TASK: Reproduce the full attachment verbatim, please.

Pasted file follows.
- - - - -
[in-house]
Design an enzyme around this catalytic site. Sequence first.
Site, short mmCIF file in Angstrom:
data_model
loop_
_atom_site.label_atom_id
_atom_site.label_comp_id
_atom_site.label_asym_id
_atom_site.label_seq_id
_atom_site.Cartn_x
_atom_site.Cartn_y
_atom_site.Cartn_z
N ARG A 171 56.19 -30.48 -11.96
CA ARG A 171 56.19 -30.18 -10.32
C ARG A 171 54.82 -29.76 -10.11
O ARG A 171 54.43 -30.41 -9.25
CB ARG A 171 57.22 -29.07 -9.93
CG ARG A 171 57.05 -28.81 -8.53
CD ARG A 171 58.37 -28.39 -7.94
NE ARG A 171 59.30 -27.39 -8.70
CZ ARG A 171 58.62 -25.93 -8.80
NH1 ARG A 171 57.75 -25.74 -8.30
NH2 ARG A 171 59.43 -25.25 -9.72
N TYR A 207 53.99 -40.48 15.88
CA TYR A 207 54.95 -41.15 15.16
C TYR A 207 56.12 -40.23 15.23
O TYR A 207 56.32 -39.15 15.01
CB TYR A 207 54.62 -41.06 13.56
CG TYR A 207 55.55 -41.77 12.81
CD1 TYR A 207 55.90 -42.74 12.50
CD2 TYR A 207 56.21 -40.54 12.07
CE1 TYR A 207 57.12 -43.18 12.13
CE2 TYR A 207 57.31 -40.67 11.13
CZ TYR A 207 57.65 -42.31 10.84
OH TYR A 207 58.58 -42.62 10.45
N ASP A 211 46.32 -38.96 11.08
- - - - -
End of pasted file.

[in-house]
Design an enzyme around this catalytic site. Sequence first.
Site, short mmCIF file in Angstrom:
data_model
loop_
_atom_site.label_atom_id
_atom_site.label_comp_id
_atom_site.label_asym_id
_atom_site.label_seq_id
_atom_site.Cartn_x
_atom_site.Cartn_y
_atom_site.Cartn_z
N ARG A 171 56.19 -30.48 -11.96
CA ARG A 171 56.19 -30.18 -10.32
C ARG A 171 54.82 -29.76 -10.11
O ARG A 171 54.43 -30.41 -9.25
CB ARG A 171 57.22 -29.07 -9.93
CG ARG A 171 57.05 -28.81 -8.53
CD ARG A 171 58.37 -28.39 -7.94
NE ARG A 171 59.30 -27.39 -8.70
CZ ARG A 171 58.62 -25.93 -8.80
NH1 ARG A 171 57.75 -25.74 -8.30
NH2 ARG A 171 59.43 -25.25 -9.72
N TYR A 207 53.99 -40.48 15.88
CA TYR A 207 54.95 -41.15 15.16
C TYR A 207 56.12 -40.23 15.23
O TYR A 207 56.32 -39.15 15.01
CB TYR A 207 54.62 -41.06 13.56
CG TYR A 207 55.55 -41.77 12.81
CD1 TYR A 207 55.90 -42.74 12.50
CD2 TYR A 207 56.21 -40.54 12.07
CE1 TYR A 207 57.12 -43.18 12.13
CE2 TYR A 207 57.31 -40.67 11.13
CZ TYR A 207 57.65 -42.31 10.84
OH TYR A 207 58.58 -42.62 10.45
N ASP A 211 46.32 -38.96 11.08